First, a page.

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Lydenburg’s name is derived from Dutch meaning "Town of Suffering" which does not reflect on the town’s status today. Founded in 1849 by a group of Voortrekkers under the leadership of Andries Potgieter, the town became the capital of the Lydenburg Republic which was on the wagon route to the port of Delagoa Bay, now known as Maputo. There is talk of Lydenburg being renamed Mashishing and the town is not suffering in the midst of its success in agriculture (potatoes), mining and fly fishing
Before the town was discovered, something older lurked in Lydenburg. The earliest known forms of African sculpture in southern Africa dating back to AD 400 was found in the area in the late 1950s and this draws many visitors which add to the population of over 81 000 locals.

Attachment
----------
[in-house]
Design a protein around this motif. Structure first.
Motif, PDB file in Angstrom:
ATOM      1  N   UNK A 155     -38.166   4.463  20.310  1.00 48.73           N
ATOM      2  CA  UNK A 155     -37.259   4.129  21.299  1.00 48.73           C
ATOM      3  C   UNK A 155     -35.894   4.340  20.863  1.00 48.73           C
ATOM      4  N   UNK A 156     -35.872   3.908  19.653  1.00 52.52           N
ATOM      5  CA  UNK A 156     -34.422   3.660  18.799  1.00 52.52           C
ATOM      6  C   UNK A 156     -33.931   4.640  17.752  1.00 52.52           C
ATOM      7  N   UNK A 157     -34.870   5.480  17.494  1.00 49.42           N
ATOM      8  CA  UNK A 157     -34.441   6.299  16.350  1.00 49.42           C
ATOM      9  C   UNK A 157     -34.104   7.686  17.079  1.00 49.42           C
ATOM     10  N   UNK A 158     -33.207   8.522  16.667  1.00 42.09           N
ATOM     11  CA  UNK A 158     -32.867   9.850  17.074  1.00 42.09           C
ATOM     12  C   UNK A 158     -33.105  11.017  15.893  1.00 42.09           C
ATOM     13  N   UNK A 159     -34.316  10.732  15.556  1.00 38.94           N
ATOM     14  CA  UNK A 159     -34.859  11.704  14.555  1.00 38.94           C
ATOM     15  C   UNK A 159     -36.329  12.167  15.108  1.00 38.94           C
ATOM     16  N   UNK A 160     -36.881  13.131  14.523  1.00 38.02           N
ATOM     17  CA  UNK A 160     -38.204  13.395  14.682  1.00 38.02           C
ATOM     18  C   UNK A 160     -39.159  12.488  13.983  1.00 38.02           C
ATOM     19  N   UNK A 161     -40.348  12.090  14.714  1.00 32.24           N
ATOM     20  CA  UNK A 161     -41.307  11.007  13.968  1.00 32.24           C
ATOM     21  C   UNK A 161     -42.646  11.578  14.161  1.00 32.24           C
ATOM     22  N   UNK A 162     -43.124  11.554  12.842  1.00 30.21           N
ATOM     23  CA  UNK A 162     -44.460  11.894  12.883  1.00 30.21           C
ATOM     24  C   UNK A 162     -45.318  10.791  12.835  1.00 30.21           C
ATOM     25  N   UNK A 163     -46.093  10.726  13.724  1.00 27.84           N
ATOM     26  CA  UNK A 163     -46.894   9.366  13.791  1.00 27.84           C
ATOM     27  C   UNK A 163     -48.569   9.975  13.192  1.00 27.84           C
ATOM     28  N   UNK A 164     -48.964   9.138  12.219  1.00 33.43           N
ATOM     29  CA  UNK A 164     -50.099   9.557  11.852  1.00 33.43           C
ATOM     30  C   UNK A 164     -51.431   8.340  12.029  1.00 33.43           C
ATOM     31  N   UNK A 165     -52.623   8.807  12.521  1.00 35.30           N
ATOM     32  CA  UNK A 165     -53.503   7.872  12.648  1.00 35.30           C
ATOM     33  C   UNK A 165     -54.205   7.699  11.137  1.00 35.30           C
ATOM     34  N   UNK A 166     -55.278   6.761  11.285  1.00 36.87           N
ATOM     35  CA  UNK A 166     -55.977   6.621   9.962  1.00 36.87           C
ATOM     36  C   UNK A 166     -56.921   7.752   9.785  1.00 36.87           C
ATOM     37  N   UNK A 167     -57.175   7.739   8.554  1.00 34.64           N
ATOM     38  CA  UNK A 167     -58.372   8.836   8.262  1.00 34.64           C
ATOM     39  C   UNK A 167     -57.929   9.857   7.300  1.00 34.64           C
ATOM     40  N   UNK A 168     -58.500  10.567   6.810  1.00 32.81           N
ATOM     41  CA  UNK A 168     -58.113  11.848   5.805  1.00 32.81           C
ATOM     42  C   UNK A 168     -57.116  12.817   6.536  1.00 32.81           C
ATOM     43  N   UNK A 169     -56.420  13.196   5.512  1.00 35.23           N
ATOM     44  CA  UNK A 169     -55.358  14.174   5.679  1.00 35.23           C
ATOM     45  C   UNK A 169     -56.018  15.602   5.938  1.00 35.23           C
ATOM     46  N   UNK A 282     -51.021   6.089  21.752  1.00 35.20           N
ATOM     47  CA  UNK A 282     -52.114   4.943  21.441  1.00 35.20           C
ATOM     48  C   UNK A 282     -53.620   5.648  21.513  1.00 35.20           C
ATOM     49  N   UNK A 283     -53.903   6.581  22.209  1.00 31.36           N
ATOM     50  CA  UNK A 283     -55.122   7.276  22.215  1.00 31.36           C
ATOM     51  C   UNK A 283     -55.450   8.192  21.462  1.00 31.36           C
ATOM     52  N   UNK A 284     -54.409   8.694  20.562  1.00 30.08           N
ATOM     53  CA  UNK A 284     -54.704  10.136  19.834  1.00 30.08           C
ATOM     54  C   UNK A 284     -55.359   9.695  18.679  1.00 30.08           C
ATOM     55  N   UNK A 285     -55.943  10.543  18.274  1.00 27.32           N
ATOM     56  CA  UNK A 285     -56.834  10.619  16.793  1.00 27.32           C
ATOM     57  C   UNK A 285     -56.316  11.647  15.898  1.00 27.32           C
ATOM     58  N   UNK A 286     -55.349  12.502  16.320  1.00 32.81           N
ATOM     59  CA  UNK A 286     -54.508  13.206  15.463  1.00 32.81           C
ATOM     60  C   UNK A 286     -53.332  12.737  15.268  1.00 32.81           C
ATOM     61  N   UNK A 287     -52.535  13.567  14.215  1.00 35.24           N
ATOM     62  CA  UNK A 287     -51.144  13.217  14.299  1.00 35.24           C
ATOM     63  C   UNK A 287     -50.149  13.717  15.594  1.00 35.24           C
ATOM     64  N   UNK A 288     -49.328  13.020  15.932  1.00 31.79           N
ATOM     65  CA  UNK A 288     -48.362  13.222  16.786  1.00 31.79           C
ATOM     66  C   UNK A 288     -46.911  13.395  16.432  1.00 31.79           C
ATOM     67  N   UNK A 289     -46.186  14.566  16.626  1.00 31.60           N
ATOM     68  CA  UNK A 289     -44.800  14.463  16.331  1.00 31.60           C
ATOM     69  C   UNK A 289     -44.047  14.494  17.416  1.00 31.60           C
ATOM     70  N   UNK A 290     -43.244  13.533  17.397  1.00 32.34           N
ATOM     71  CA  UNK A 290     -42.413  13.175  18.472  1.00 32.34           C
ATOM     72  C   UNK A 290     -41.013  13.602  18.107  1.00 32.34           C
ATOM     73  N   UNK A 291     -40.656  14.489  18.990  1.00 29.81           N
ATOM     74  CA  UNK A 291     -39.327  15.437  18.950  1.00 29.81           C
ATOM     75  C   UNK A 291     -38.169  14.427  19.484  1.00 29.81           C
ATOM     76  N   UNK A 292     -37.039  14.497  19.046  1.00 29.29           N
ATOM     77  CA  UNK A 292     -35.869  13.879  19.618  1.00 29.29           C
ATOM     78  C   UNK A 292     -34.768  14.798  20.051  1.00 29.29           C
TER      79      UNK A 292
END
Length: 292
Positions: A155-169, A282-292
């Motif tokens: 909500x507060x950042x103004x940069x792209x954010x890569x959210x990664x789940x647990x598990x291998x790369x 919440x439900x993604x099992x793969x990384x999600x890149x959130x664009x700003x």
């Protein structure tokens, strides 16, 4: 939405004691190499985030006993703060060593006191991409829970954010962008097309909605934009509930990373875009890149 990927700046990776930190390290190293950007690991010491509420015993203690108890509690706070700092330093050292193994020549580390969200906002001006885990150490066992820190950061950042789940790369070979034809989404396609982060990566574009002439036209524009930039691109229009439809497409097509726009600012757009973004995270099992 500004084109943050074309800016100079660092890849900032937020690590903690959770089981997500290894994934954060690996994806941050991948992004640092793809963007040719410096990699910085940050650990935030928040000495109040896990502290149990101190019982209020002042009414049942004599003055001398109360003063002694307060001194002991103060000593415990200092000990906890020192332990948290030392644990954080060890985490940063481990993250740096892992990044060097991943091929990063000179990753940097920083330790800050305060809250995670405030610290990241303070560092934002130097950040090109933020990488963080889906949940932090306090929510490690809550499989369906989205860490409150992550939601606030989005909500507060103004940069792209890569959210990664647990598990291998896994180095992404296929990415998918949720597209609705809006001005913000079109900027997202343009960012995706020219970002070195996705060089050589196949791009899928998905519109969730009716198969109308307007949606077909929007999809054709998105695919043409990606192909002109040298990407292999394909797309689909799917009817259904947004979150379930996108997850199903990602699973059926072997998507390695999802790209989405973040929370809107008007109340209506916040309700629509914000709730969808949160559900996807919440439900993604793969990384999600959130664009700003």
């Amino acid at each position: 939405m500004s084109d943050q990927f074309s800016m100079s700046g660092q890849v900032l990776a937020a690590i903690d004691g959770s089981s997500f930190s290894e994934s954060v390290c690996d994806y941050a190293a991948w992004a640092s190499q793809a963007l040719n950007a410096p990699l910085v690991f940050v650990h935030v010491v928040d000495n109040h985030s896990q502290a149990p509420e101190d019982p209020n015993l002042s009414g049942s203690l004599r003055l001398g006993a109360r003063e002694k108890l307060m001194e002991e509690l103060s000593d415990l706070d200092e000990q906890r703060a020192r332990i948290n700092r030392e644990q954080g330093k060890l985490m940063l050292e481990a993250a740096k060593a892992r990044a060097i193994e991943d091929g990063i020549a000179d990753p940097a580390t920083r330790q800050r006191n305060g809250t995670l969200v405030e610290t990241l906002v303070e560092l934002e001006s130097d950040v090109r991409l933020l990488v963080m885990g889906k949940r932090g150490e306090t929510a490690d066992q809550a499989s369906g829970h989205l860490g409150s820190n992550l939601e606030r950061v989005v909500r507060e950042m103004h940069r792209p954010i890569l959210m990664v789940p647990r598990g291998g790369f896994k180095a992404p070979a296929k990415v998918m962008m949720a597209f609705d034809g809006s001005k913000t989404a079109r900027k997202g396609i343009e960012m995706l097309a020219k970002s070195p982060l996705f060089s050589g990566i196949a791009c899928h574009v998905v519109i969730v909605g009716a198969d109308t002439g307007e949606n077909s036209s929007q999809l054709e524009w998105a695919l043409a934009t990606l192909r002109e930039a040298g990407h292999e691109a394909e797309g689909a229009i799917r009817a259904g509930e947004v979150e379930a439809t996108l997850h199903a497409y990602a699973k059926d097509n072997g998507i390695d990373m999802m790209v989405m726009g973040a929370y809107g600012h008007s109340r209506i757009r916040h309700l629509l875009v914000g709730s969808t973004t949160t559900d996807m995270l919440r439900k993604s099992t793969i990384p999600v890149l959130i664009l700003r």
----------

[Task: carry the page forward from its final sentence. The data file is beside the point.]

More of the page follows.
At the foot of Longtom Pass on the R37, the Gustav Klingbiel Nature Reserve comprises an area of 2,200 hectare where fauna and flora make the hiking trails worth exploring. The reserve is named in honour of the late Gustav Klingbiel who campaigned to have the area declared as a nature reserve. Lydenburg Waterfall, 16 km north-east of Lydenburg consists of three waterfalls in one and is a breathtaking view. The journey towards this town winds though the 55.6km Long Tom Pass that is one of the highest tarred roads in South Africa and it was named after the Long Tom guns used by the Boers during the Anglo Boer War. The only struggle you will experience in this town may be the accommodation availability during summer.